Partnering agreements are often long on aspiration and short on detail. Little wonder so many of them end up in costly legal wrangles
Which of the following statements is correct?
  • Partnering enables parties in the construction supply chain to collaborate to improve both delivery to the end customer and their own bottom line, adding value not cost.
  • Partnering encourages disputes in the supply chain, adding cost not value.

Much has been written on the benefits of partnering but little about its problems. I have advised on a large number of partnering projects, and in many of these cases the adoption of partnering has actually encouraged the development of disputes.

One arose out of a profit-share arrangement. The parties agreed to take certain steps to generate a financial return, which would then be shared. Guess what? The steps were not taken (at least, that is what one party alleges) and the financial return not made. This dispute was referred to arbitration in 2000 and there have been two substantive hearings and a number of procedural hearings since. The legal cost claims of the parties now exceed £1m.

Another dispute arose out of a partnering arrangement whereby a series of contracts were to be let on a cost-reimbursable basis with a ringfenced percentage for the supply chain overhead and profits (at least, that is what one party alleges). The parties disagreed as to the valuation basis of their contract and the matter is set to be resolved before the court. The legal costs on both sides could run into the tens if not hundreds of thousands.

In a third dispute, the parties agreed to work in a spirit of mutual trust and co-operation. But arguments arose over the allocation of commercial risk events and the valuation of certain impacted risks. The risk/reward formula has become inoperable. Mediation attempts having failed, arbitration now seems to be inevitable. The costs of a full set-piece battle on contract interpretation, establishing breach, entitlement to certain heads of claim and quantum will absorb significant time and money.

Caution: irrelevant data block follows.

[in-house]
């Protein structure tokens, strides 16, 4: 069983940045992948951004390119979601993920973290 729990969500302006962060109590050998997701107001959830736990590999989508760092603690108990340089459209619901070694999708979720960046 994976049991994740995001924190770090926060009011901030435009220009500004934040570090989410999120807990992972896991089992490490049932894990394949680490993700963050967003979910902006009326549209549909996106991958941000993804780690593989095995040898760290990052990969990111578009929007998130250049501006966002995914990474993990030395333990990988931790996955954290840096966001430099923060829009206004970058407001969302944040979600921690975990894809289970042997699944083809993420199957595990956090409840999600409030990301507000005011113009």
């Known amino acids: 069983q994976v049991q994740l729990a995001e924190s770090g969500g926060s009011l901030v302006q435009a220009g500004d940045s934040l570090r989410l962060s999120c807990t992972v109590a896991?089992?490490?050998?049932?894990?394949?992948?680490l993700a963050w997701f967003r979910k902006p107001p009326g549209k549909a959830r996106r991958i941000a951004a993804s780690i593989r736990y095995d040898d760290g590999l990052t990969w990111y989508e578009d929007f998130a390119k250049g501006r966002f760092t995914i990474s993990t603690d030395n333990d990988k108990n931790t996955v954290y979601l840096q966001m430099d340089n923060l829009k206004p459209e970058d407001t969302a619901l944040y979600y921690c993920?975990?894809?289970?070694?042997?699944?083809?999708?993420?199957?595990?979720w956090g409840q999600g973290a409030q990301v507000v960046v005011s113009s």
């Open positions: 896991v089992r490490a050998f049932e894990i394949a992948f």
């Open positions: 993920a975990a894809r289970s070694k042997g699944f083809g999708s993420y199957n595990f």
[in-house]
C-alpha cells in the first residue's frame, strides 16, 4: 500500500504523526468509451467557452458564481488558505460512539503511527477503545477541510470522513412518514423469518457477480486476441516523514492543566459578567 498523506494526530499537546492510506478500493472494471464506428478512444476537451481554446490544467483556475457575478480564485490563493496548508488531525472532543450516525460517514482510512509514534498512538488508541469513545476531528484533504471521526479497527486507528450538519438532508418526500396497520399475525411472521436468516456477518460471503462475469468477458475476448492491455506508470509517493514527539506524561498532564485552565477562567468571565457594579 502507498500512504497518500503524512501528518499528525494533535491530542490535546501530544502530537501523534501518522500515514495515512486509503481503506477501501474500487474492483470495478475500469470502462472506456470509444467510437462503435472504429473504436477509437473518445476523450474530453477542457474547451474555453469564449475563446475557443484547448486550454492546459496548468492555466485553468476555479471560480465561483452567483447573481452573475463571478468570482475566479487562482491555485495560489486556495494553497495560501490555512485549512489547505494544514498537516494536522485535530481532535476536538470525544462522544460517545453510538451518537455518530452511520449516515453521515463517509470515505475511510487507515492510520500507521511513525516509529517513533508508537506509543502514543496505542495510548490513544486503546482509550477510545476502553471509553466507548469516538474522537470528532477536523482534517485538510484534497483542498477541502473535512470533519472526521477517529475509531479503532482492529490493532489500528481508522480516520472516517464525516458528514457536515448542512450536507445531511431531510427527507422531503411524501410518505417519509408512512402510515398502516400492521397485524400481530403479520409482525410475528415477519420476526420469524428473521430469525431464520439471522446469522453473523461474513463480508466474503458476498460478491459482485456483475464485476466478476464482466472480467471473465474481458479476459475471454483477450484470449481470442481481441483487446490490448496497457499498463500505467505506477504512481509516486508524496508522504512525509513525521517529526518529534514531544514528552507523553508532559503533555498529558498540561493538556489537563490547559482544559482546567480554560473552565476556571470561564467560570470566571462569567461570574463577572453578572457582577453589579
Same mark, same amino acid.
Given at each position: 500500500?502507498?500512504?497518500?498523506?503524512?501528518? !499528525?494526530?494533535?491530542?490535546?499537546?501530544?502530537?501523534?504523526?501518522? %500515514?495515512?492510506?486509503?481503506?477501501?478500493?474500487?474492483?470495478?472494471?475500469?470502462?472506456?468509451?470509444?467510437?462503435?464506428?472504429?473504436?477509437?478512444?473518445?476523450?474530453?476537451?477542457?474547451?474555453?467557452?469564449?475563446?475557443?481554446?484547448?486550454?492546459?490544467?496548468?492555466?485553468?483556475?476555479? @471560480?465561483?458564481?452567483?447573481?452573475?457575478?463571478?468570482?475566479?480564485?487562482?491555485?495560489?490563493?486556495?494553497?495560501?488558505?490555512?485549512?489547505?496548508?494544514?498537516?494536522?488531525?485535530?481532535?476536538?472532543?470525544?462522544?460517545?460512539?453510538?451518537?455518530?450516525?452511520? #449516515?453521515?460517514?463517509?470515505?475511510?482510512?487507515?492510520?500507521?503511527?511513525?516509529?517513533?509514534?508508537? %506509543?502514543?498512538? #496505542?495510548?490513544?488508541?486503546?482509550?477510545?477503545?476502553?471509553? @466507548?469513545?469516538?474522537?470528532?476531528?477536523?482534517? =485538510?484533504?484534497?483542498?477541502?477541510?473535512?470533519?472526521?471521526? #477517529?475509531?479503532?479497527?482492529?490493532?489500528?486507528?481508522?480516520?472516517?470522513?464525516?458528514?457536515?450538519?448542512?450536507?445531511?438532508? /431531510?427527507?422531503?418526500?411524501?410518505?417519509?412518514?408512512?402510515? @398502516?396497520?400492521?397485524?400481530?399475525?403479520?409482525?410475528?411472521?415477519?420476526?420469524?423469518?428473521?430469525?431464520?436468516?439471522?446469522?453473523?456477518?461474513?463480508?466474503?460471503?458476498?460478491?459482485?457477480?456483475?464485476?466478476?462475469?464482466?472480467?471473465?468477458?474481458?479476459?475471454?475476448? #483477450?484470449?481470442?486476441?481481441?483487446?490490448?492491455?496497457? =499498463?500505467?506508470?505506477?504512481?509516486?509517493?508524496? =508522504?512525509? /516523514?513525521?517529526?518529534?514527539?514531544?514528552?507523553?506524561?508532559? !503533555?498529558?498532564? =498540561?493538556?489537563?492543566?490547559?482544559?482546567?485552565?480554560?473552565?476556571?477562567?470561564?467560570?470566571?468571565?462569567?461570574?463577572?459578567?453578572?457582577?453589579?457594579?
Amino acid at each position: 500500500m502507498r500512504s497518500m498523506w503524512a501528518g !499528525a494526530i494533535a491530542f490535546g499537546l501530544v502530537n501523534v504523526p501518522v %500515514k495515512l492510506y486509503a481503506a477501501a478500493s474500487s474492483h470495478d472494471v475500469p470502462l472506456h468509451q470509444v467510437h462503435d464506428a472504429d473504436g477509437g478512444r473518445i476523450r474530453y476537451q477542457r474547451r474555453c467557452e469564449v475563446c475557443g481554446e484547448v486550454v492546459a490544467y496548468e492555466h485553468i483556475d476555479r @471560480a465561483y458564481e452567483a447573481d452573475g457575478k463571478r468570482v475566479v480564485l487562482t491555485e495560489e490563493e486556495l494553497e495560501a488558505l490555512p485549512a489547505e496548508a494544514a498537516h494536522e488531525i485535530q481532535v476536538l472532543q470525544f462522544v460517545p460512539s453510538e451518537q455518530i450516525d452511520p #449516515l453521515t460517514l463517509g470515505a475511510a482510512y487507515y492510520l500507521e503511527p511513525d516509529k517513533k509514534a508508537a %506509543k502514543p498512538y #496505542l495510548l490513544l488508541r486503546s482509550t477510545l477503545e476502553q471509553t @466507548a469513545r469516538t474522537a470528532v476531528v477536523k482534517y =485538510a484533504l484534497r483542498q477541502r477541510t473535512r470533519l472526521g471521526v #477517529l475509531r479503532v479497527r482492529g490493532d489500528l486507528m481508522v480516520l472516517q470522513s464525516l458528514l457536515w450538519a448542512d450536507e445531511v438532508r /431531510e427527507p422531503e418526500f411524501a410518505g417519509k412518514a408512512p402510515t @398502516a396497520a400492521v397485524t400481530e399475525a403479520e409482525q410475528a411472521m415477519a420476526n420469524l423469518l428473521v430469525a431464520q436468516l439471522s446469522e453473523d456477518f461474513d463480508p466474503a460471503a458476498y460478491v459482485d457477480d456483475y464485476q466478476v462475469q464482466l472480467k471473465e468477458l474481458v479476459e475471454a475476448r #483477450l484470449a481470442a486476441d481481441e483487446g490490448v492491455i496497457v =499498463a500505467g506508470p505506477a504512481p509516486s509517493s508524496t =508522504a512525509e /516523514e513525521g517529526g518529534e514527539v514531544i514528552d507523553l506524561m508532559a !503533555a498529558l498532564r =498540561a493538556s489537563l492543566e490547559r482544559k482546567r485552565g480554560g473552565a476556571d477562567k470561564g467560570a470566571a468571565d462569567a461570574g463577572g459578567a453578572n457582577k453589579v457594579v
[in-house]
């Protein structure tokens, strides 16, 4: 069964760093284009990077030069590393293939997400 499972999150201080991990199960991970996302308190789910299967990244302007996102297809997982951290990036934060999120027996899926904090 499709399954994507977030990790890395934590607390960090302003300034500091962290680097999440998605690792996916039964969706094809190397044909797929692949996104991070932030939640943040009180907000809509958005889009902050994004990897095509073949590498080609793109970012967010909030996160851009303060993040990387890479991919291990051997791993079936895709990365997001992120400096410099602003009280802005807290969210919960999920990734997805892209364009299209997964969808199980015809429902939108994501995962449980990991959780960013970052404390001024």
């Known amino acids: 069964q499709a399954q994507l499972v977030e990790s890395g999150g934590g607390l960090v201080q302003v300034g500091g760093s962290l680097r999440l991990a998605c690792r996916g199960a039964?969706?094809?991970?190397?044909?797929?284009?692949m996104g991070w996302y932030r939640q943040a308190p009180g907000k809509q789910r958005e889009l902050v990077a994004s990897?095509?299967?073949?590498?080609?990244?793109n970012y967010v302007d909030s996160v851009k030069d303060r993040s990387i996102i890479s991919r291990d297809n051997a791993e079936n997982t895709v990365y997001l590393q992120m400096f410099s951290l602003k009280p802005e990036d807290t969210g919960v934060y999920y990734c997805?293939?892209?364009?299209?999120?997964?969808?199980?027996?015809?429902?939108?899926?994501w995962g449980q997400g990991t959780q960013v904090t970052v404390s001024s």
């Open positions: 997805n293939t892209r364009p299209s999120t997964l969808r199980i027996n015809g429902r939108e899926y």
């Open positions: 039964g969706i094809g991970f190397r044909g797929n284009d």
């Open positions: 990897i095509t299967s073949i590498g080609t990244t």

The common theme to all these disputes (a few examples among many) is that partnering means different things to different people. The third example, in particular, goes to the heart of the matter. When the construction supply chain and its customers decide to go ahead on a partnering basis, both sides hope to benefit. And so they should – in a perfect world. But what if partnering is used cynically? What if one party decides to use the guise of partnering to saddle the other with all, or most, of the risk? What if the wording of the partnering agreement is vague, or the thinking behind it is, shall we say, a little careless? In all of these cases, danger signals should be flashing in your mind before you put your signature to any irrevocable document.

Some parties appear to consider a mere reference to "partnering" as some kind of phylactery. Somehow, interface clashes, underdeveloped designs, scope disputes and the like are expected to evaporate in an atmosphere of mutual co-operation. Other parties may be less naive yet fail to devote sufficient thought to structuring their arrangements so that required outcomes can be delivered by the supply chain.

Applied with insufficient care, partnering may serve only to blur the boundaries of expected behaviour, and allow uncertainties to creep into the process. In commercial life, uncertainty is a fertile breeding ground for disputes.

Indeed, the term "partnering" is probably not an entirely helpful one. Although formal definitions exist, these are usually long on aspiration and short on detail. There is little point in providing for parties to act in a spirit of co-operation unless this behaviour is aligned to a desired outcome. Equally, an objective measurement of outcomes is required if parties are able to trust the process to which they submit.

It is sometimes said that customers of the construction industry get the industry they deserve. If customers use partnering in ill-defined ways, they can hardly complain that they end up with disputes – and the disputes industry won't be complaining either. The answer to my opening question is therefore that both propositions are true. Whether both propositions are commercially sustainable is another question.